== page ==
Beyond the stabilizing effects of a healthy schedule, work and labor also provide us with a feeling of creativity and productivity. God invested humans with many distinctive qualities such as intellect, cognitive speech, free will and self-consciousness. In addition, He fashioned us—like Himself—with creative capacity. At the core of our identity is the desire to feel valuable, and we feel most valuable when we express the creative potential God imbued in us. Productivity gratifies us, while sustained inertia feels empty and sometimes selfish. The Gemara in Sanhedrin (24b) disqualifies chronic gamblers from serving as legal witnesses even though gambling may not be considered legal theft. As they fritter away their time without contributing to the “greater good,” they are considered subordinate or “inferior” citizens and are unfit to participate in the legal process.

Creativity and productivity are inherent features of human identity, and expression of that creativity yields deep satisfaction. Performing tasks, completing projects and solving challenges elicit various important traits that enhance our character, such as organization, resourcefulness, persistence, commitment, willpower and resilience. Even if a particular profession isn’t creative, most professions are still productive and most advance social welfare. Contributing to something larger than personal interest improves self-esteem and self-worth. Work is important because it refines us and calls upon numerous worthwhile traits.

Human creativity also acknowledges our great partnership with God, who expects us to perfect His world. Rabbi Akiva was once challenged by an adversarial philosopher-warrior named Tunus Rufus regarding the mitzvah of milah. Romans celebrated the beauty of the male human form and therefore viewed circumcision as mutilation. Mocking this mitzvah, Tunus sneered that if God viewed a circumcised body as the ideal form, babies should be born naturally circumcised. Rabbi Akiva responded that God intentionally created an imperfect world because He desires our complementary efforts to perfect His original product. Whenever we act creatively we boost our partnership with God.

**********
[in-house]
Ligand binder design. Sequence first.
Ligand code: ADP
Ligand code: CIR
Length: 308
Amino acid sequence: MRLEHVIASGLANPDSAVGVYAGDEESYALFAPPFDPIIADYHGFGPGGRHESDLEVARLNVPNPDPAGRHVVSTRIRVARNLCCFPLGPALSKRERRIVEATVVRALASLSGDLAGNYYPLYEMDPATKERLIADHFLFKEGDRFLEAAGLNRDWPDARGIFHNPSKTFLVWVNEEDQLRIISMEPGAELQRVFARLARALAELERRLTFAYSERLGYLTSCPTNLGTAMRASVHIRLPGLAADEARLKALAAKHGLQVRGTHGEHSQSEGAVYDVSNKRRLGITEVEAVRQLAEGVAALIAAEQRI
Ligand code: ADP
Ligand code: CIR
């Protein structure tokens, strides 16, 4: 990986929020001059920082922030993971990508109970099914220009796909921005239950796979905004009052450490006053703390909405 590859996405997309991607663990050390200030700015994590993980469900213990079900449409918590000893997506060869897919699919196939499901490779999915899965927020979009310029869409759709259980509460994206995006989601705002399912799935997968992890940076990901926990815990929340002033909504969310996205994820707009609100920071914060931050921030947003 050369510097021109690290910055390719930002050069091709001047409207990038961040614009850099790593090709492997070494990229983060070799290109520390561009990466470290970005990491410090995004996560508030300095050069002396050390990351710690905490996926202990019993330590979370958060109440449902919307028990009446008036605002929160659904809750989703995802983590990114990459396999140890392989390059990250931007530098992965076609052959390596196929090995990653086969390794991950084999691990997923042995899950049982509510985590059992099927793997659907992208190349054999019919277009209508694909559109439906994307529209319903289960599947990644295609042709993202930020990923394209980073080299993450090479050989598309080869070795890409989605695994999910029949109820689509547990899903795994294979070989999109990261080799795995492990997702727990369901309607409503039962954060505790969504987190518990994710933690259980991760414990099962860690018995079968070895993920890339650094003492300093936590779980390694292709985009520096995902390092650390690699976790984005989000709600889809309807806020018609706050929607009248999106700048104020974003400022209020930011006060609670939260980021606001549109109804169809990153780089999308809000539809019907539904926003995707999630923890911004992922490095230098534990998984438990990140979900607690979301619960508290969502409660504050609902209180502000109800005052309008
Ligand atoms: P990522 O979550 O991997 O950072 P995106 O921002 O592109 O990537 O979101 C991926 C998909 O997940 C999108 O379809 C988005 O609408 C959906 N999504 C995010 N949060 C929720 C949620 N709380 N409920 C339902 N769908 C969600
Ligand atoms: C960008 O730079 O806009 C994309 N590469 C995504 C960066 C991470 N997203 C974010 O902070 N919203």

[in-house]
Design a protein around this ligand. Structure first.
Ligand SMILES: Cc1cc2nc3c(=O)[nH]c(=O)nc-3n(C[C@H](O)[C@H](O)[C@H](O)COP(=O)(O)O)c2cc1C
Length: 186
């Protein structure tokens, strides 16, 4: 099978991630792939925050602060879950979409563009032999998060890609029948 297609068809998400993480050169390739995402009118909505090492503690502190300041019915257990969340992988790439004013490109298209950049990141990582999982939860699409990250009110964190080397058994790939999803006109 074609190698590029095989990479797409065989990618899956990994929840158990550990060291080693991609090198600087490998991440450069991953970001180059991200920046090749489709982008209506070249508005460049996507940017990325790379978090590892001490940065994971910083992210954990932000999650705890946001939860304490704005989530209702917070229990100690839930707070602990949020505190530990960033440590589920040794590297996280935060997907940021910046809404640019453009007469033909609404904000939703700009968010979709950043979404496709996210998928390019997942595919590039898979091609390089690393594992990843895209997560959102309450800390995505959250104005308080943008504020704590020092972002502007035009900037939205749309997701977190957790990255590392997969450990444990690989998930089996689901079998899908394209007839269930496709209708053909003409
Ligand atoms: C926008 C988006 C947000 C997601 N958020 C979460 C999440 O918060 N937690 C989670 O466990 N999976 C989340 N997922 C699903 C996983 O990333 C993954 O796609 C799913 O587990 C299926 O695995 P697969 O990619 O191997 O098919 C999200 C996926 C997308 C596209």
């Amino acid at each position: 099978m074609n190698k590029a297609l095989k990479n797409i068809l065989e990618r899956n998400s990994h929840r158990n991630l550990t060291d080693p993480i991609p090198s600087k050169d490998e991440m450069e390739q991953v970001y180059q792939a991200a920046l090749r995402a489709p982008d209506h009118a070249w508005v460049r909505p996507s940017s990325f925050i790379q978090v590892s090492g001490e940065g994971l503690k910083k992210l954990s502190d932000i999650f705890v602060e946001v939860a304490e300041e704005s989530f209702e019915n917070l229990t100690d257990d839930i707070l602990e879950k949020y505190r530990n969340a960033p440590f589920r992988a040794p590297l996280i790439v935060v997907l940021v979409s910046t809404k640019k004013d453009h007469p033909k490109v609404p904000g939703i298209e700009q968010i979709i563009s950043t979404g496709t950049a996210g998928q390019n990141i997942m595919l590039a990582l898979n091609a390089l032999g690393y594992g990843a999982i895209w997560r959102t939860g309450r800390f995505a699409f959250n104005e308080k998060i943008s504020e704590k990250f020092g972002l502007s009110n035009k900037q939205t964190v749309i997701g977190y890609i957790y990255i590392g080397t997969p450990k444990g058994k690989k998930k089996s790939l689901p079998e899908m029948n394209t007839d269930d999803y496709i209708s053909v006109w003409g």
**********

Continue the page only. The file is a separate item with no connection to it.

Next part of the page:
Work provides an additional value—beyond the provision of schedule and the opportunity to express human creativity. Work is generally a collective experience, drawing us out of solitary lives and connecting us with a broader community. Most professions are interactive in a direct sense—allowing us to interact with colleagues and clients, students and teachers, patients and patrons. Social settings both broaden our horizons and provide us with much-needed perspective upon our own lives. Even professions that are less interactive and provide little personal interaction still provide a general sense of collective experience. God intended that we sleep at night and perform industry during daylight hours, and by working we are naturally aligned both with God’s design and with the broader human community, which labors during daylight hours. Even when working alone we share a sense of common agenda with a broader community
of human beings who are at work. Man is not meant to live as a hermit, isolated from his fellow creatures, and our work engages us and connects us to humanity at large.

The corona experience has affected many areas of human and religious experience, including our professional lives. The disruption caused by this crisis may help us better appreciate the benefits of our work and of our professions.

The writer is a rabbi at Yeshivat Har Etzion/Gush, a hesder yeshiva. He has smicha and a BA in computer science from Yeshiva University as well as a master’s degree in English literature from the City University of New York.

By Rabbi Moshe Taragin